thumbnailFigure 2. A flow chart of the development of the hub protein classifiers and their corresponding bioinformatics analyses.

Gene Ontology (GO) data

Each protein obtained from the IntAct database was identified by a unique UniProt accession number, which enabled a fast collection of GO annotation data from the Uniprot Retrieval System [37,41] (Uniprot protein data obtained on Oct. 1st, 2007). The complete UniProt protein annotation pages were downloaded as flat texts, which were then parsed by PERL scripts to extract the GO annotations in the three categories: biological process, molecular function, and cellular component. Because each GO term could be assigned to a different level of the annotation hierarchy, we established a fixed general GO level that represented all of the specific GO terms of the proteins in the study. This general GO annotation level was determined based on the GO slim project, which provides a list of generic GO terms on which many bioinformatics analyses can be performed [42]. Importantly, the GO slim generic terms provided a reasonable number of protein 'predictors' for a machine learning method to effectively operate. The tool 'map2slim' [43] was used to map specific GO terms to the 'GO slim' generic terms (GO annotation files were obtained from [44] on Oct. 17th, 2007; GO format-version: 1.2, GO date: 16:10:2007 16:19, GO revision: 5.514; GO slim format-version: 1.2, GO slim date: 01:10:2007 16:53, GO slim revision: 1.682). This generic version of GO slim contained 53 [biological process] terms, 42 [molecular functions] terms and 37 [cellular component] terms.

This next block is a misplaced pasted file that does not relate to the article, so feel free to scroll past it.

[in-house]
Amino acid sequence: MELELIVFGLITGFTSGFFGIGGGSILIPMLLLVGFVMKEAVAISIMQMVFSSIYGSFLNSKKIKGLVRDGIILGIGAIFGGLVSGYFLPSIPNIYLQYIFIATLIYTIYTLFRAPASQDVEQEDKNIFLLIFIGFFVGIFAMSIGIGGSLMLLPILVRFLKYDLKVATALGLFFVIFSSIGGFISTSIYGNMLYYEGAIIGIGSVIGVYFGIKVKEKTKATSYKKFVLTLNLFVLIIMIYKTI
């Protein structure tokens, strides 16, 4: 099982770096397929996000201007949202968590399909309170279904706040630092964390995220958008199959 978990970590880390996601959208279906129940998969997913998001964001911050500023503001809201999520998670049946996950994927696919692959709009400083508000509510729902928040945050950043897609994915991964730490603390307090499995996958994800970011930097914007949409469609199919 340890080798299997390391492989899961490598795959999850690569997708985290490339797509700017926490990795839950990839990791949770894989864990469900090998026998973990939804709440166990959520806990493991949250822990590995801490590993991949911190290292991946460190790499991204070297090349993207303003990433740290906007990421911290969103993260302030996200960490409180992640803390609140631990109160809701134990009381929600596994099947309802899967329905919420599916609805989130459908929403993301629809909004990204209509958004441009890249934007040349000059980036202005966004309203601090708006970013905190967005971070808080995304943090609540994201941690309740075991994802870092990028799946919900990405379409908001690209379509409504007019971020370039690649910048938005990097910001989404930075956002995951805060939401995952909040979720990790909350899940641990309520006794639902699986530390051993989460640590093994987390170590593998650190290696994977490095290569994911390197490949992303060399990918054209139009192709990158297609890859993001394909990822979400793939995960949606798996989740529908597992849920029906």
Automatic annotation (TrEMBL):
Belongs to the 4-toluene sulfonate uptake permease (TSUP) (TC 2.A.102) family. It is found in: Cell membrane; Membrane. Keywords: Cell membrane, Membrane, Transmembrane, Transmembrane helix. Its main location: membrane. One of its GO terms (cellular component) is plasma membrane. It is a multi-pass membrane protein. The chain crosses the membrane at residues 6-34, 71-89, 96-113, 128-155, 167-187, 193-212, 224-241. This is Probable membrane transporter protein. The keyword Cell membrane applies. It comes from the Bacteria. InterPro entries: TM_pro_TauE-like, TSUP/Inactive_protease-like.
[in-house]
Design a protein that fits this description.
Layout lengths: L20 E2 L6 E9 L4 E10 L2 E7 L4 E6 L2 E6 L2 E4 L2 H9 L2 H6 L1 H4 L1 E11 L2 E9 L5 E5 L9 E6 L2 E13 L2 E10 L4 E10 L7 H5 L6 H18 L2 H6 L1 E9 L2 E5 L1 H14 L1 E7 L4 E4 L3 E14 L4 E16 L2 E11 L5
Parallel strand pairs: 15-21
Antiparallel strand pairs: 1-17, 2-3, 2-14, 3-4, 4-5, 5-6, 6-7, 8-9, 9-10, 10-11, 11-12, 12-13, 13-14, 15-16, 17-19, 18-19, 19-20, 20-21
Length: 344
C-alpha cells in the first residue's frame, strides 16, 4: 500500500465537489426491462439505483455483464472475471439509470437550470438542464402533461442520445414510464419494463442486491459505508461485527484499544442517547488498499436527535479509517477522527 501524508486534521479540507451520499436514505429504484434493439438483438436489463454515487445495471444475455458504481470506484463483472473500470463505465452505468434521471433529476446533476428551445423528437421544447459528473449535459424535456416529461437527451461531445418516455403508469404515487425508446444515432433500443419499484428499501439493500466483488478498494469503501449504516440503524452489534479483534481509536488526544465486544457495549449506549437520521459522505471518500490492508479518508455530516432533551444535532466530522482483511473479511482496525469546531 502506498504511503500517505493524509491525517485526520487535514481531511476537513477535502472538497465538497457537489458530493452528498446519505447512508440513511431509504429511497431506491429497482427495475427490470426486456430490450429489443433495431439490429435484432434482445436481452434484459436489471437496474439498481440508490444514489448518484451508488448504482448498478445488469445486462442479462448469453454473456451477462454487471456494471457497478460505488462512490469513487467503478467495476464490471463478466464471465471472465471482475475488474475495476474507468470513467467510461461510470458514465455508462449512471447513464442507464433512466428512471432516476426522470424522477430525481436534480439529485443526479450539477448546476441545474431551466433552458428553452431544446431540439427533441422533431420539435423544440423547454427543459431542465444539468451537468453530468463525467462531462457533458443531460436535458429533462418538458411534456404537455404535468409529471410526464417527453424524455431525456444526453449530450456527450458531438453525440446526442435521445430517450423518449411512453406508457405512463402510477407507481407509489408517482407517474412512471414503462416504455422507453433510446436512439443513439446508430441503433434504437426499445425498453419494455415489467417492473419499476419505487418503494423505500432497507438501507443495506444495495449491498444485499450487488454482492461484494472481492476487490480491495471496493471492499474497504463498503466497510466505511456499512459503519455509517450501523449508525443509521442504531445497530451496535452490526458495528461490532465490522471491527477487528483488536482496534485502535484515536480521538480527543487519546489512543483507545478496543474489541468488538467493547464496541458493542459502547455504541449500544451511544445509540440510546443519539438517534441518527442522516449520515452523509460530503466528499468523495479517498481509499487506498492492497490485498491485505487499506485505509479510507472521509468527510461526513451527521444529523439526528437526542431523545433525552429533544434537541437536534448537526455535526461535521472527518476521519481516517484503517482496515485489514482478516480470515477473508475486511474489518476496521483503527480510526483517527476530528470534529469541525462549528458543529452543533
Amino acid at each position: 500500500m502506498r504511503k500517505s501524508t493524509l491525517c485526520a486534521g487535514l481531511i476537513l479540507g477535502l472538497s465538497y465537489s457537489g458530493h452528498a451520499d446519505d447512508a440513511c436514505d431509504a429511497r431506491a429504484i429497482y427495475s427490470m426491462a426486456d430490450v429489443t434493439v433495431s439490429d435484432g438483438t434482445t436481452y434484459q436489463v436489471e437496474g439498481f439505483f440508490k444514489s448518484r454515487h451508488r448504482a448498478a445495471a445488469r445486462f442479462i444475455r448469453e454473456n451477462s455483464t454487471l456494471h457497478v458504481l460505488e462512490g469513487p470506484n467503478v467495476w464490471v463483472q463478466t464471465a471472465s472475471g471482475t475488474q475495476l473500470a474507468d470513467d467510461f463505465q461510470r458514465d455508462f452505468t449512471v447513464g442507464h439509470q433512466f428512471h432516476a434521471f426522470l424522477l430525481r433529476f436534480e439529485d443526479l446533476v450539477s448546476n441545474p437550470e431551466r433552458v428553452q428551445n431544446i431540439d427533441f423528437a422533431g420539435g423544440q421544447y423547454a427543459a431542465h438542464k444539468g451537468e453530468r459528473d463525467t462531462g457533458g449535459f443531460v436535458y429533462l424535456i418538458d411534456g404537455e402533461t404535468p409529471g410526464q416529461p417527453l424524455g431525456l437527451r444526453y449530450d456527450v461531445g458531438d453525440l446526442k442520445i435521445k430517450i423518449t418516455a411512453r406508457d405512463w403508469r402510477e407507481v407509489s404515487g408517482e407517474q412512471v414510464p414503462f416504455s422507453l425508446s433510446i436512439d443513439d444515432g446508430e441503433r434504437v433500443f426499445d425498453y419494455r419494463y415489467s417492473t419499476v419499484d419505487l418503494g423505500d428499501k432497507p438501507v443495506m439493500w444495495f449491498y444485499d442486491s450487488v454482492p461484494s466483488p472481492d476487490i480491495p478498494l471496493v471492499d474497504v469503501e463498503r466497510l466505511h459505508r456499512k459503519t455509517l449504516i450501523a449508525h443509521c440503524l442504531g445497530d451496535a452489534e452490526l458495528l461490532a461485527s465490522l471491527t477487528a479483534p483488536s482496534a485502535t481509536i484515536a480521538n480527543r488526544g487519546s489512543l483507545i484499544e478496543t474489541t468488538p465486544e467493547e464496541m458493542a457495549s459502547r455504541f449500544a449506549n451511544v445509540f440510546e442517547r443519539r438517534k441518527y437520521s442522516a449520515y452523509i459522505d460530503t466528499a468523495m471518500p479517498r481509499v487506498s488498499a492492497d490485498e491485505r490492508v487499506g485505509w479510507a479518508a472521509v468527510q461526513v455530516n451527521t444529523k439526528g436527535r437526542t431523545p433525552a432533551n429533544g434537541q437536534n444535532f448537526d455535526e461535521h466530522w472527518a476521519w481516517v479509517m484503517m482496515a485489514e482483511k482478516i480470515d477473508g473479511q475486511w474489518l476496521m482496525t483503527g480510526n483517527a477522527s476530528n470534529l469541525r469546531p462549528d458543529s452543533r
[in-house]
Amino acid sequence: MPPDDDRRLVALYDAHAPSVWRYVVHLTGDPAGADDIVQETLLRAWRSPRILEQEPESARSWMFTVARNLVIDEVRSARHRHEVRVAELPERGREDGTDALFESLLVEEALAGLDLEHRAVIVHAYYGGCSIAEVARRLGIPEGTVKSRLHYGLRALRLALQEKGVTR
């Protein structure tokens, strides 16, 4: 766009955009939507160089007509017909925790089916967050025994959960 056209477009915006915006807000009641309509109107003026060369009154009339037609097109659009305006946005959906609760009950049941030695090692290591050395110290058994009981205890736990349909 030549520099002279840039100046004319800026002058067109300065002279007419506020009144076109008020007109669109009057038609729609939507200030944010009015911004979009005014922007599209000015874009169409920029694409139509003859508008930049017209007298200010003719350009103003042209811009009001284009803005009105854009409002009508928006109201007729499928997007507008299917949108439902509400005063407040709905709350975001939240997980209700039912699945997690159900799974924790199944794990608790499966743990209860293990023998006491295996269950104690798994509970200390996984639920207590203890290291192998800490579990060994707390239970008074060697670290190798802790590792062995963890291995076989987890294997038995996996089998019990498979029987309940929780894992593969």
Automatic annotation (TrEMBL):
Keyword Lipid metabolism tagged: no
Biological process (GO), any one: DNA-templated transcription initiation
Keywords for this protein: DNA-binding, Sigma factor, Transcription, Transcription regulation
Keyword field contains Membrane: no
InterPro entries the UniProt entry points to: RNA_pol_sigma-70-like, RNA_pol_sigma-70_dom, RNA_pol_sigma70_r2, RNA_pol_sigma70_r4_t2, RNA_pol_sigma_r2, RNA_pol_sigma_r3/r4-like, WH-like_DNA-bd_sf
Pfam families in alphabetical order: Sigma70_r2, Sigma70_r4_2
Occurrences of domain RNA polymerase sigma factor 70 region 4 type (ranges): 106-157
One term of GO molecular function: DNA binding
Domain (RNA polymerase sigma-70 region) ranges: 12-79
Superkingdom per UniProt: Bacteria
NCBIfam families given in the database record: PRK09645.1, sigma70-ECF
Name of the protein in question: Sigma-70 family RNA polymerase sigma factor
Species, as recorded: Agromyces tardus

Table 1 and 2 list the number of GO slim terms used to annotate the proteins in each species and the number of the proteins with or without a GO annotation term.

All protein interaction data and GO annotations were stored in a local MySQL database for fast data searching and reporting.

Hub protein classification by boosting trees

To train models that classify a protein as a hub or a non-hub, the protein interaction data from the four species were combined into a single data set (90,164 interactions involving 2,069 hubs and 19,715 non-hubs). A four-fold cross-validation strategy was used in which four non-overlapping testing sets (25% of the total protein set), and four training sets (75% of the total protein set) were utilized for building the hub classifiers. Each training and testing set maintained the same hub to non-hub (1:9) ratio. In addition, the proteins in the training sets have maintained the same distribution of GO annotation terms as the proteins in the testing sets. Figure 3 illustrates the distribution of each of the 125 GO terms, represented by the percentage of proteins with this term in the training sets vs. the testing sets of the four cross-validation samples. A high correlation R2 values of 0.9981 ~0.9983 indicated an equal GO distribution between the training and testing sets. It is also shown that the majority of the GO terms were associated with less than 10% of the proteins in a given data set.

thumbnailFigure 3. Distribution of GO annotation terms between the training and testing sets in the four cross-validation samples. Each point on a graph represents the percentage of proteins annotated with a given GO term in the training set (x-axis), and the percentage of proteins annotated with the same GO term in the testing set (y-axis). All four plots were fitted with linear regression lines, with high R2 values of 0.998. This indicates an equal distribution of the GO terms between the training and testing sets of the four samples.

We focused the machine-learning effort on hub classification by applying boosting trees, which is one of the best methods for classifying complex data and providing interpretable results [45]. The training and testing of the hub-predicting classification trees were performed on 125 GO terms as predictor variables by using the boosting tree application as implemented in STATISTICA version 8 [46]. The input data were formatted as tables of binary data, where each column represented a GO term variable (1 = present, 0 = absent) and each row represented a sample protein.